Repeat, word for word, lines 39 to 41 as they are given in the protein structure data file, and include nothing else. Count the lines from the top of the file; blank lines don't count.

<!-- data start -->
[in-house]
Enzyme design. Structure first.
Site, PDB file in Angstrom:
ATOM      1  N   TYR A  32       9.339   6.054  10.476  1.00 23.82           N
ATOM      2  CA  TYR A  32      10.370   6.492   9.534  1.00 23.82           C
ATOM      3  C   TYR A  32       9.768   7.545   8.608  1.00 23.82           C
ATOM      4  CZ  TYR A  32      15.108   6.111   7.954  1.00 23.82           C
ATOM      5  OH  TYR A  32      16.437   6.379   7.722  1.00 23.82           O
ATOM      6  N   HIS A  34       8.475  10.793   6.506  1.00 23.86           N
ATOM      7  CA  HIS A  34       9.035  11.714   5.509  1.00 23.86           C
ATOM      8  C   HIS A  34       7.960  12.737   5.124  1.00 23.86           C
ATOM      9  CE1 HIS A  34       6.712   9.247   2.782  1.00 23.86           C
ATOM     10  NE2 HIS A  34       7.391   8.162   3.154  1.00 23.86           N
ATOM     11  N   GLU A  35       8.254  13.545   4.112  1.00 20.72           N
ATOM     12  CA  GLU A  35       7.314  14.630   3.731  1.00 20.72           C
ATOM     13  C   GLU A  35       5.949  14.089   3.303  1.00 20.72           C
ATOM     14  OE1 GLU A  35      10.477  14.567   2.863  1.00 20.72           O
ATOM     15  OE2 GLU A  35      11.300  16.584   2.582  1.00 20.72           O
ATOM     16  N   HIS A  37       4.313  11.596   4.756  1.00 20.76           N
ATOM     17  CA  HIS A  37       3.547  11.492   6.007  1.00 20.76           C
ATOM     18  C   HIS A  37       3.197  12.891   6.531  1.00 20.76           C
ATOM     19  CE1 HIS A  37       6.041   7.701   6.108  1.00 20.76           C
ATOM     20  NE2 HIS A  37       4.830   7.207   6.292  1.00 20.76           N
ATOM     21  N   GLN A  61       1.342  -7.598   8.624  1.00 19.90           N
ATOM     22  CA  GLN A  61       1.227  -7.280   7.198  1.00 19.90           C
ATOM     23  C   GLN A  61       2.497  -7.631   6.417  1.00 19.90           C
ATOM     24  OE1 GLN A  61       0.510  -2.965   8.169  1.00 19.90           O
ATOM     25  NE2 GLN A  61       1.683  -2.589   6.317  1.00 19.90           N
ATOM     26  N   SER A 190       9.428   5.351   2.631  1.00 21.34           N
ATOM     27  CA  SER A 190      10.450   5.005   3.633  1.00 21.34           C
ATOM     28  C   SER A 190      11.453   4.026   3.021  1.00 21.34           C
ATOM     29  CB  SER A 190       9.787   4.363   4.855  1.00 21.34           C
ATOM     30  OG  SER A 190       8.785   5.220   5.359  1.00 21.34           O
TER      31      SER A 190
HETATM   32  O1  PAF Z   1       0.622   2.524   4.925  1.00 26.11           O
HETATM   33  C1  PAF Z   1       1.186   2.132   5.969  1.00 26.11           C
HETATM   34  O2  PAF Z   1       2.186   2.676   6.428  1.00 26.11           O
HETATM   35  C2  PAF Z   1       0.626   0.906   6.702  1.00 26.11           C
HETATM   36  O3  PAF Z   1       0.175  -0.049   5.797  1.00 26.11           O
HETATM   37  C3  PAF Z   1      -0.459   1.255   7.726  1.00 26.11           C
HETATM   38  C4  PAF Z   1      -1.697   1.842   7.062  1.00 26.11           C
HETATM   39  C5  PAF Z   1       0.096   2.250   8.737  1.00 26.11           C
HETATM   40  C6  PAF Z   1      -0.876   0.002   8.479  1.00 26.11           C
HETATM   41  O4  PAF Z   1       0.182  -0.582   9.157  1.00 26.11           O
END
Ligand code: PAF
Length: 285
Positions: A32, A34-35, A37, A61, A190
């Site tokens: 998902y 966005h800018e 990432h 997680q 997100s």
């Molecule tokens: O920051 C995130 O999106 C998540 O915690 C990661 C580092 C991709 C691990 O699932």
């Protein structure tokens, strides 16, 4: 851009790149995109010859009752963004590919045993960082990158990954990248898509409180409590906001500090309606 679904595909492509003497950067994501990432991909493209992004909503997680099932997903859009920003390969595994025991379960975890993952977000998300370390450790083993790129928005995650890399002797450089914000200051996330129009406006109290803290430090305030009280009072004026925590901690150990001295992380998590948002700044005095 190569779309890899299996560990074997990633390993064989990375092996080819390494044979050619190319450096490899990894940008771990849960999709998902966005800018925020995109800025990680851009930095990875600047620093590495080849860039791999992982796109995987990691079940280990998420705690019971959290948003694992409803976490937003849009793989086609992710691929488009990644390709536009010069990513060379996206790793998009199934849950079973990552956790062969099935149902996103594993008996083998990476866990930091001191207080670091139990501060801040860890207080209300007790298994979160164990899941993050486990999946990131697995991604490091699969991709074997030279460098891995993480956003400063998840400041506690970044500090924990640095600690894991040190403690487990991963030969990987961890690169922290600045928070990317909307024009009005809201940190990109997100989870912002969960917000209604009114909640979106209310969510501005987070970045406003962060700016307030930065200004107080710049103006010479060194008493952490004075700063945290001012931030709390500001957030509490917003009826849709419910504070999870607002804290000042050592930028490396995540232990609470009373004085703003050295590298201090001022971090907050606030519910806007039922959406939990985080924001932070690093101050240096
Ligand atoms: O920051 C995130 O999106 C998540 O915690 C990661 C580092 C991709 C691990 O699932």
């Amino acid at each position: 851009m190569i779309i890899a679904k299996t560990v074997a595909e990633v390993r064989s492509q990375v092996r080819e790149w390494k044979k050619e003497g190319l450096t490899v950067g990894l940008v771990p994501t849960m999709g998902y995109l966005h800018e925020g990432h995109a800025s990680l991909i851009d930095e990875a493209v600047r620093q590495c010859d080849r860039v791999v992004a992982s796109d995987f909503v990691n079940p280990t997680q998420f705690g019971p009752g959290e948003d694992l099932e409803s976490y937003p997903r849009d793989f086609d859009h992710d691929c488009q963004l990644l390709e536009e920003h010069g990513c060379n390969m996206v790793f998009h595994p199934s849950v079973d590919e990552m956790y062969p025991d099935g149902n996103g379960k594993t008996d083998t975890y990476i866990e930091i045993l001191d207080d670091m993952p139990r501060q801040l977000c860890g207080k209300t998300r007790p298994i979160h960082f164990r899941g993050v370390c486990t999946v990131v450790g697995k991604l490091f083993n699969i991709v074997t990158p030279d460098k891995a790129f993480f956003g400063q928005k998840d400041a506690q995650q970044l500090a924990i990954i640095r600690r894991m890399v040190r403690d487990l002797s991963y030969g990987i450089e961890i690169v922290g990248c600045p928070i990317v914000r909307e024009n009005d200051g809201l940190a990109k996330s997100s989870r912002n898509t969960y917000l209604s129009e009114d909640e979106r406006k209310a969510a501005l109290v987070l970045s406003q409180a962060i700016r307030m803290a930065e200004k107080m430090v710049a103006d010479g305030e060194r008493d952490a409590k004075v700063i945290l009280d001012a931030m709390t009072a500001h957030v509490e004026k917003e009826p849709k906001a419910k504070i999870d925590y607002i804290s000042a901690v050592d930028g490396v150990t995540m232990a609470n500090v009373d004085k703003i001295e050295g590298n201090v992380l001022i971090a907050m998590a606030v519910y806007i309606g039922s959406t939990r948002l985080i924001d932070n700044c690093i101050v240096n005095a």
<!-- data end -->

HETATM   36  O3  PAF Z   1       0.175  -0.049   5.797  1.00 26.11           O
HETATM   37  C3  PAF Z   1      -0.459   1.255   7.726  1.00 26.11           C
HETATM   38  C4  PAF Z   1      -1.697   1.842   7.062  1.00 26.11           C